Despite the language on the website, the communication between the Plaintiff and the Comcast representative provides no clear indication that Comcast actually agreed that it would not request a consumer report if the Plaintiff paid $50. Although the evidence shows that the Plaintiff reasonably believed that Comcast would not inquire about his credit, it is insufficient to show that Comcast actually agreed to these terms. Indeed, the representative cited stricter federal regulations to prevent identity theft as the reason for the consumer report. The policy refers to credit checks and security deposits for the lease of more valuable Comcast equipment or Comcast Digital Voice services with a new phone number. The representative's stated need for the consumer report did not appear to be one that could be eliminated by paying a deposit. There is too much missing from the record at this stage of the case regarding the "outward manifestation" of the parties' intent to determine whether it was the same and thus constitutes a meeting of the minds, see Zimmerman v. McColley, 826 N.E.2d 71, 77 (Ind.Ct.App. 2005) (stating that "[a] meeting of the minds of the contracting parties, having the same intent, is essential to the formation of a contract"), particularly in the context of a larger service contract with numerous terms and conditions. Genuine issues of material fact remain as to whether a meeting of the minds was reached on the critical issue-that Comcast would not obtain a consumer report if the Plaintiff requested that Comcast accept a payment of $50 instead. Accordingly, judgment in favor of the Plaintiff is not appropriate on the record before the Court. See Johnson v. Hix Wrecker Serv., Inc., 651 F.3d 658, 662 (7th Cir. 2011) (noting that where the burden of proof is on the moving party, summary judgment may only be granted where the evidence is so one-sided that it must prevail as a matter of law) (citing Reserve Supply Corp. v. Owens-Corning Fiberglas Corp., 971 F.2d 37, 42 (7th Cir. 1992)).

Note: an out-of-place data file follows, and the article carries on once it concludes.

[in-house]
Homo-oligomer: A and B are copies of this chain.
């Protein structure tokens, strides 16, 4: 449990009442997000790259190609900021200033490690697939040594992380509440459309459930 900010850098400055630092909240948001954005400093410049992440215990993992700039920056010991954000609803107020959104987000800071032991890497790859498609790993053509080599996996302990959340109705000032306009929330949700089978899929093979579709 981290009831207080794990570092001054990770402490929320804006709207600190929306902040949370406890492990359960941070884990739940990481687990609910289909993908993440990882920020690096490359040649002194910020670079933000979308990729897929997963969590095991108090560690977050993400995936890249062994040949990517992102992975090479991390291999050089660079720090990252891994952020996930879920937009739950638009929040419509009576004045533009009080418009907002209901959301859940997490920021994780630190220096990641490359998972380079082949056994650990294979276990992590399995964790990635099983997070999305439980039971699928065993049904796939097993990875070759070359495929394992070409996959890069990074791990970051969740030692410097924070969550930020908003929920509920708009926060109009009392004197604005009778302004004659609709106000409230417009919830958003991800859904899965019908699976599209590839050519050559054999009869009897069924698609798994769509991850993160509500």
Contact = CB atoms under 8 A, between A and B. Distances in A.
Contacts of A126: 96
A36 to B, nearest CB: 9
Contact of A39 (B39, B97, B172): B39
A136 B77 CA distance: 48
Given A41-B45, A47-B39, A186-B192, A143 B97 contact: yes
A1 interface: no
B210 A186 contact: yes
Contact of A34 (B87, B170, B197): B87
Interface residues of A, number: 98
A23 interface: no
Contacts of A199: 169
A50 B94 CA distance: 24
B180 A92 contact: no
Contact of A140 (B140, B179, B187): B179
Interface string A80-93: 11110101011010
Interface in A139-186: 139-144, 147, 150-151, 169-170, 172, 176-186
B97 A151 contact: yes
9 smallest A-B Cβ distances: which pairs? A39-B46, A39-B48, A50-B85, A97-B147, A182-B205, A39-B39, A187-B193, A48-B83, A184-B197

The next question the Court must consider is whether a consumer can trump a business's statutory right to request a consumer report by claiming (and even proving) that the parties entered into a separate agreement not to request the report. That is, even if the agreement alleged by the Plaintiff existed, did Comcast's credit inquiry violate the FCRA, or did it violate only the parties' agreement? The latter would simply be addressed by remedies for breach of contract. The former is addressed by 15 U.S.C. § 1681n, which makes any person who willfully fails to comply with the requirements of the FCRA liable to the consumer in an amount equal to the sum of actual damages of not less than $100 and not more than $1, 000, punitive damages, and attorney's fees and costs.